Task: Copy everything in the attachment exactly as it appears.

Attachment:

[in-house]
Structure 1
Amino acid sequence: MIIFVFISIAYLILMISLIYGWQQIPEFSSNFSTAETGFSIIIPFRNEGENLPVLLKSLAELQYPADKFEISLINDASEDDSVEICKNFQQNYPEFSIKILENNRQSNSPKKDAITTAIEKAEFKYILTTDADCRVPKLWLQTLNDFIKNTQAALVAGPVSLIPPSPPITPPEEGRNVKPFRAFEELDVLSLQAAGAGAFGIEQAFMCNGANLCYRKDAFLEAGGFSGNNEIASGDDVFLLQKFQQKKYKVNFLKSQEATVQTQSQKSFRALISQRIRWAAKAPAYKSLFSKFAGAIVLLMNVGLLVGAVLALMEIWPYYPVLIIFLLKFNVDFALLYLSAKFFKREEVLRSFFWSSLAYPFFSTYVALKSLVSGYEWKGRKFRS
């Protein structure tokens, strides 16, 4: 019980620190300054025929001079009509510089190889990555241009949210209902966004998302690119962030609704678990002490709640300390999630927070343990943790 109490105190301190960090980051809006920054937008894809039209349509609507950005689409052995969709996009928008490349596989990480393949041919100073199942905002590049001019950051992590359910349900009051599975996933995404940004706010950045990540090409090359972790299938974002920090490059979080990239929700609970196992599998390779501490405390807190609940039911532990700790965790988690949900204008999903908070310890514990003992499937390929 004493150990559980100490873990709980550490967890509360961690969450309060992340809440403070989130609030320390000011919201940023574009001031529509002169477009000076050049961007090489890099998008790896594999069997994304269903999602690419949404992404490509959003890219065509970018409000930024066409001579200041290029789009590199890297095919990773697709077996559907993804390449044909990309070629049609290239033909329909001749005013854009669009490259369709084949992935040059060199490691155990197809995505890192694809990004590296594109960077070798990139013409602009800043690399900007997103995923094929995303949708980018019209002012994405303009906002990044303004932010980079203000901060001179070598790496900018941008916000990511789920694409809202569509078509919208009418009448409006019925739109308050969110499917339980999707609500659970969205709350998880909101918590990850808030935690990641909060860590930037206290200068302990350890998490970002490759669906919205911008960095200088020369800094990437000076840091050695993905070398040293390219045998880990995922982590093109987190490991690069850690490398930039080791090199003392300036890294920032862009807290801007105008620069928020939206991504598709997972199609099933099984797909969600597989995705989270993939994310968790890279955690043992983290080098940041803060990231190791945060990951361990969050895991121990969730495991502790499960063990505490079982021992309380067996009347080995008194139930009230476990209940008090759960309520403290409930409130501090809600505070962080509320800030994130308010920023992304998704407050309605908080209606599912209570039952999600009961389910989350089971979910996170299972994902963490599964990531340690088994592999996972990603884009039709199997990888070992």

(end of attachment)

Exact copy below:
[in-house]
Structure 1
Amino acid sequence: MIIFVFISIAYLILMISLIYGWQQIPEFSSNFSTAETGFSIIIPFRNEGENLPVLLKSLAELQYPADKFEISLINDASEDDSVEICKNFQQNYPEFSIKILENNRQSNSPKKDAITTAIEKAEFKYILTTDADCRVPKLWLQTLNDFIKNTQAALVAGPVSLIPPSPPITPPEEGRNVKPFRAFEELDVLSLQAAGAGAFGIEQAFMCNGANLCYRKDAFLEAGGFSGNNEIASGDDVFLLQKFQQKKYKVNFLKSQEATVQTQSQKSFRALISQRIRWAAKAPAYKSLFSKFAGAIVLLMNVGLLVGAVLALMEIWPYYPVLIIFLLKFNVDFALLYLSAKFFKREEVLRSFFWSSLAYPFFSTYVALKSLVSGYEWKGRKFRS
């Protein structure tokens, strides 16, 4: 019980620190300054025929001079009509510089190889990555241009949210209902966004998302690119962030609704678990002490709640300390999630927070343990943790 109490105190301190960090980051809006920054937008894809039209349509609507950005689409052995969709996009928008490349596989990480393949041919100073199942905002590049001019950051992590359910349900009051599975996933995404940004706010950045990540090409090359972790299938974002920090490059979080990239929700609970196992599998390779501490405390807190609940039911532990700790965790988690949900204008999903908070310890514990003992499937390929 004493150990559980100490873990709980550490967890509360961690969450309060992340809440403070989130609030320390000011919201940023574009001031529509002169477009000076050049961007090489890099998008790896594999069997994304269903999602690419949404992404490509959003890219065509970018409000930024066409001579200041290029789009590199890297095919990773697709077996559907993804390449044909990309070629049609290239033909329909001749005013854009669009490259369709084949992935040059060199490691155990197809995505890192694809990004590296594109960077070798990139013409602009800043690399900007997103995923094929995303949708980018019209002012994405303009906002990044303004932010980079203000901060001179070598790496900018941008916000990511789920694409809202569509078509919208009418009448409006019925739109308050969110499917339980999707609500659970969205709350998880909101918590990850808030935690990641909060860590930037206290200068302990350890998490970002490759669906919205911008960095200088020369800094990437000076840091050695993905070398040293390219045998880990995922982590093109987190490991690069850690490398930039080791090199003392300036890294920032862009807290801007105008620069928020939206991504598709997972199609099933099984797909969600597989995705989270993939994310968790890279955690043992983290080098940041803060990231190791945060990951361990969050895991121990969730495991502790499960063990505490079982021992309380067996009347080995008194139930009230476990209940008090759960309520403290409930409130501090809600505070962080509320800030994130308010920023992304998704407050309605908080209606599912209570039952999600009961389910989350089971979910996170299972994902963490599964990531340690088994592999996972990603884009039709199997990888070992």